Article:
A man in China who received an outpouring of national sympathy after the shocking death of his family has become the object of scorn after he announced he had fallen in love and was starting a new family.
Lin Shengbin lost his wife and three kids in 2017 when the family domestic helper deliberately set fire to their home in Hangzhou, in eastern China, hoping that she could put it out to curry favour with her employers.
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Lin was away on a business trip when the incident happened. Mo was sentenced to death in February 2018 for the crime.
In the aftermath of the fire, the public supported Lin because of his heart-wrenching writings about the loss, his tenacious legal battles for financial compensation and his active engagement in philanthropy. He even started a new business named Tong Zhen Yi Sheng, after the names of the family members who died.
But the internet turned on Lin, who is 40 years old, when he shared the news last week that he had found a new wife and they had just welcomed a baby.
Fans felt that he had cultivated an image of a forlorn lover who was simply biding his time until he could be reunited with his deceased family.
The revelation that he had a new family resulted in charges that Lin was a hypocrite who had taken advantage of the dead and cashed in on public sympathy.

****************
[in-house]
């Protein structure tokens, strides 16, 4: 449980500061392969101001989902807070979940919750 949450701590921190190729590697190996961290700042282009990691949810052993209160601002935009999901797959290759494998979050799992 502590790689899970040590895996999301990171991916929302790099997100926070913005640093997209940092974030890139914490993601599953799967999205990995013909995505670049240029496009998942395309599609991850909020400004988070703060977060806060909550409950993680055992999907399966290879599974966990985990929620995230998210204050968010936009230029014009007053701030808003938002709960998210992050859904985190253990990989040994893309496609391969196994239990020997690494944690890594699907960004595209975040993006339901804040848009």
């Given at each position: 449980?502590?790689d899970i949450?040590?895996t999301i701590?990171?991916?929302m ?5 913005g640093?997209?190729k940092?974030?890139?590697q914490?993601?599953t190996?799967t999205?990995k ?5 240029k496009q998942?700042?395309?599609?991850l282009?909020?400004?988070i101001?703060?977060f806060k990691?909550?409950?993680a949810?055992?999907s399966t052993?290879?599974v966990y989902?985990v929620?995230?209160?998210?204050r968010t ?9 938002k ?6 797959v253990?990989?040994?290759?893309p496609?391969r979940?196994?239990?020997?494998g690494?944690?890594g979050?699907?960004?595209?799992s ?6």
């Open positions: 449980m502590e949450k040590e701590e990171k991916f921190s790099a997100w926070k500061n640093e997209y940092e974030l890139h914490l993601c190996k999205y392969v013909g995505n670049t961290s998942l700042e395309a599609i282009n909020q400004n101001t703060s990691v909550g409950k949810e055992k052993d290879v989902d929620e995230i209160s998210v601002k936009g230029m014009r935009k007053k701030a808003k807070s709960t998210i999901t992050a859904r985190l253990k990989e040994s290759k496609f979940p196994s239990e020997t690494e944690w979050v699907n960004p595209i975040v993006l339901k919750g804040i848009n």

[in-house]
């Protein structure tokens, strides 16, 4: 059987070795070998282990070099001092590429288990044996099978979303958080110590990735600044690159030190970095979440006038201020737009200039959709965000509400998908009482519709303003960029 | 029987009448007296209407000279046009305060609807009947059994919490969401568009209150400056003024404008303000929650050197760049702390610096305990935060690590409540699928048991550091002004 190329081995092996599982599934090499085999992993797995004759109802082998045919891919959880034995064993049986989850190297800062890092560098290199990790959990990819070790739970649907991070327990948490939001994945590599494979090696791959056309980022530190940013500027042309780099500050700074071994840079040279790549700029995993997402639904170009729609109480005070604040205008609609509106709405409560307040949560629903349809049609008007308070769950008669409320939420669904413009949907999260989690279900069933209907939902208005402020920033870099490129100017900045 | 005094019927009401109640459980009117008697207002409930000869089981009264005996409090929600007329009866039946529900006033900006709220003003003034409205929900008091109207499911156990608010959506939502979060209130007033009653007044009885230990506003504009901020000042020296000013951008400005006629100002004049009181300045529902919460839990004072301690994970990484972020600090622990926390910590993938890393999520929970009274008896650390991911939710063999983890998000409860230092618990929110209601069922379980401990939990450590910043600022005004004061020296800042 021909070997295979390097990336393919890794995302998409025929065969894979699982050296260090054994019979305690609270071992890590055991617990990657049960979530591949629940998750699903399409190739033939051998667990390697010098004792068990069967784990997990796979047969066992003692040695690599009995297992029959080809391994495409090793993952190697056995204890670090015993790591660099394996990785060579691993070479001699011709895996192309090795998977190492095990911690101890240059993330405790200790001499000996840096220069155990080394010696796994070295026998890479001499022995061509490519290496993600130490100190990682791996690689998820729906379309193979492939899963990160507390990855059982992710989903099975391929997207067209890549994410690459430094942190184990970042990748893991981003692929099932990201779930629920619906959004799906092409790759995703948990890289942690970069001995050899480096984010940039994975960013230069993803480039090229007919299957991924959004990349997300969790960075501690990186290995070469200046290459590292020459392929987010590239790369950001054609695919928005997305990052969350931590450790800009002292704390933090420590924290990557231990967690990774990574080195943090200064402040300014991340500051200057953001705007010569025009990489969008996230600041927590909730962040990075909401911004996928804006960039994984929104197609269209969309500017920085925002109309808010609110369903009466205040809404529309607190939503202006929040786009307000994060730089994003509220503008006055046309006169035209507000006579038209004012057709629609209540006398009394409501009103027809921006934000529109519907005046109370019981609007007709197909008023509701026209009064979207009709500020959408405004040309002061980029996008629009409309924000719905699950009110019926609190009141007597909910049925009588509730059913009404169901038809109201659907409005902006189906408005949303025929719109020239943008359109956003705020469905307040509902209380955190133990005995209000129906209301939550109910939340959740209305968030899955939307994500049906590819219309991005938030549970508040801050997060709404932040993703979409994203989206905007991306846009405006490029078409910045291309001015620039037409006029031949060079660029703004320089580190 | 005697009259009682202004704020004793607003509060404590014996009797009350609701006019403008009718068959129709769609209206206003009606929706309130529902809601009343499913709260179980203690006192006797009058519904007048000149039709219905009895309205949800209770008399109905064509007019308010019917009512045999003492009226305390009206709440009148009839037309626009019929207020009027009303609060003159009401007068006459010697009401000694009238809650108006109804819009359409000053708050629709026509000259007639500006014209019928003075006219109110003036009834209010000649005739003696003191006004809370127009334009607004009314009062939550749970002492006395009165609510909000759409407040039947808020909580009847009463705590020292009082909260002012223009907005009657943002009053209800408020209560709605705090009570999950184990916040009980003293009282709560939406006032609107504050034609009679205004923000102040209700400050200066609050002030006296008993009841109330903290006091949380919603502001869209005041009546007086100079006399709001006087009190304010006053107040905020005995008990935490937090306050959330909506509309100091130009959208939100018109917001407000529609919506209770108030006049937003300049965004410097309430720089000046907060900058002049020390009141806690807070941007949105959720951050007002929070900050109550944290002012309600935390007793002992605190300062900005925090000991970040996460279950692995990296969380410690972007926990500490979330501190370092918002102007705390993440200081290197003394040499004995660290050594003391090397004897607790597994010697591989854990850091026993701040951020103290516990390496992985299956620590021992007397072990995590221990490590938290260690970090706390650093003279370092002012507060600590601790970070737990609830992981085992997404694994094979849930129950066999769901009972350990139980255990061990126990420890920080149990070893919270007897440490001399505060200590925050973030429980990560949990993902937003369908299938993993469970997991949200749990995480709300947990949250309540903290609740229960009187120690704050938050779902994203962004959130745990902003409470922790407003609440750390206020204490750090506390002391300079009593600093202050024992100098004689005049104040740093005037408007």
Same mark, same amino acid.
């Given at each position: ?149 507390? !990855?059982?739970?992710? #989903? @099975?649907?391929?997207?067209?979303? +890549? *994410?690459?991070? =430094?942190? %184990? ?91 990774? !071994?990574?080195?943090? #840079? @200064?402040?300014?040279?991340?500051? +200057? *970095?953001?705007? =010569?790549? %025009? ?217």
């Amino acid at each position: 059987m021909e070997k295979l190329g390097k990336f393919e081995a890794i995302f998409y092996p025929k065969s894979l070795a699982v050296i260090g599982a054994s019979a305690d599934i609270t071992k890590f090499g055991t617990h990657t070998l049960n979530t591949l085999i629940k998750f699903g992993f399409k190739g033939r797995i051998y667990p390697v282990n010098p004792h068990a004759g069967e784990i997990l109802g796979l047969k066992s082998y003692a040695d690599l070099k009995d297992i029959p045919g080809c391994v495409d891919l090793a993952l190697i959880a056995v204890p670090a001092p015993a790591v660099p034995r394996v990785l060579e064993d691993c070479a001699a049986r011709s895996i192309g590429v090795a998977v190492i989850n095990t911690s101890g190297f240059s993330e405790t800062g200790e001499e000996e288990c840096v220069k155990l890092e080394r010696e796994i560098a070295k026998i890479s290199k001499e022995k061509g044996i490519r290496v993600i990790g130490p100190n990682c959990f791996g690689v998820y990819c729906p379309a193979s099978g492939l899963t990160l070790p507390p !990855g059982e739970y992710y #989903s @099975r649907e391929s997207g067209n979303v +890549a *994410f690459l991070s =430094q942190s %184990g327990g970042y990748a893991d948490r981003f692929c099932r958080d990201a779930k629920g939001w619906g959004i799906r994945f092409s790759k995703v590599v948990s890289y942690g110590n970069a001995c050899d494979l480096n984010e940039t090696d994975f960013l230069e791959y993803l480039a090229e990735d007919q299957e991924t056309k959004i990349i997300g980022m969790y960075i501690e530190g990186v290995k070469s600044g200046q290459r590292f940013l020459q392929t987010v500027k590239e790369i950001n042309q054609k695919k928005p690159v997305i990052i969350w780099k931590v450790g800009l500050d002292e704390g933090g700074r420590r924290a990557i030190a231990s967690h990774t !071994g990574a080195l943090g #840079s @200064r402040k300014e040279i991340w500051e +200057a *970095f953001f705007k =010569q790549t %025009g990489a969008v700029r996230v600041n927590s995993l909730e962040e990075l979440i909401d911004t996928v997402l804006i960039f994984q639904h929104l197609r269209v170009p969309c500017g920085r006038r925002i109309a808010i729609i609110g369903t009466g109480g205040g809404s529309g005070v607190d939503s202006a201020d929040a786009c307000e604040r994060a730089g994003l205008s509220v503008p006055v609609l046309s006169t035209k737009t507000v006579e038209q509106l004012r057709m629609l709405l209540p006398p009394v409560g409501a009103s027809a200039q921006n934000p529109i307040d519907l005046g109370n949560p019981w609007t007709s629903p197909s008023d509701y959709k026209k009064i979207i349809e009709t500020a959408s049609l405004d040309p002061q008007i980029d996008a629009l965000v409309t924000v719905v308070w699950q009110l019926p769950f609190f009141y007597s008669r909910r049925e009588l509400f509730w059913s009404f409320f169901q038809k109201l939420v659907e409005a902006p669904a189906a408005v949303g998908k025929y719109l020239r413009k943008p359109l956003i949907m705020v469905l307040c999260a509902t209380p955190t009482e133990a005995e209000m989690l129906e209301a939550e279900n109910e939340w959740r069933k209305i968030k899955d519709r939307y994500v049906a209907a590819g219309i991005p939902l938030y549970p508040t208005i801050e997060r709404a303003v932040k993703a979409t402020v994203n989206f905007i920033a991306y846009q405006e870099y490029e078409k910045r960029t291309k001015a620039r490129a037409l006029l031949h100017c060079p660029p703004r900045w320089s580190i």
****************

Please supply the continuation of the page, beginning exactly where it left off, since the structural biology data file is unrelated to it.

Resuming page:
“You deserve a new life, but you never should use your dead wife and children to promote your business when you already fell in love with another person and even had a baby!” wrote one person online.
One of Lin’s posts caused more of a stir than others. In late May, after his new daughter was born, Lin wrote about his late wife: “Return to the time when we were in love. All of these memories are attacking me.”
Under that post, one of the most popular comments read: “This is ridiculous. Is it fair to your wife to say such things here? Let alone your ex-wife and children”.
Lin’s username on Weibo used to be “Wife and Children in Paradise”, which drew millions of followers because of the shocking nature of the case. He eventually renamed the channel to his real name. Now he has over 4.3 million fans on the platform.
Lin used live streaming to sell his kids’ clothing brand on Taobao, China’s largest online shopping platform owned by Alibaba, which also owns the South China Morning Post.
After the announcement of his daughter, people criticised Lin, saying he leveraged his tragic past to promote products.
The criticism reached a fever pitch in the following days and Lin has not responded, but all of the products were removed from the site overnight for unknown reasons.
Not everyone attacked Lin, with some users saying people should allow him to live his life.
“It is a family matter, something private. Let’s step back a little,” one user said.
After the fire, Lin sued nine companies he believed were also responsible for the tragedy, such as the property management company for inadequate fire emergency response and the domestic helper agency for not properly vetting Mo.
He demanded compensation totalling 138 million yuan (US$21.4 million) from the defendants. A confidentiality agreement prevented the public from learning how much money Lin received.
Recently, rumours swirled that Lin had kept all the compensation for himself and had not paid his parents-in-law, as the court ruled. Lin’s lawyer, Lin Jie, denied the speculation.
In recent years, Lin has donated money to schools in remote areas and volunteered at orphanages. He also donated 5,000 face masks to Wuhan early last year when protective gear was extremely scarce after Covid-19 first hit the city.
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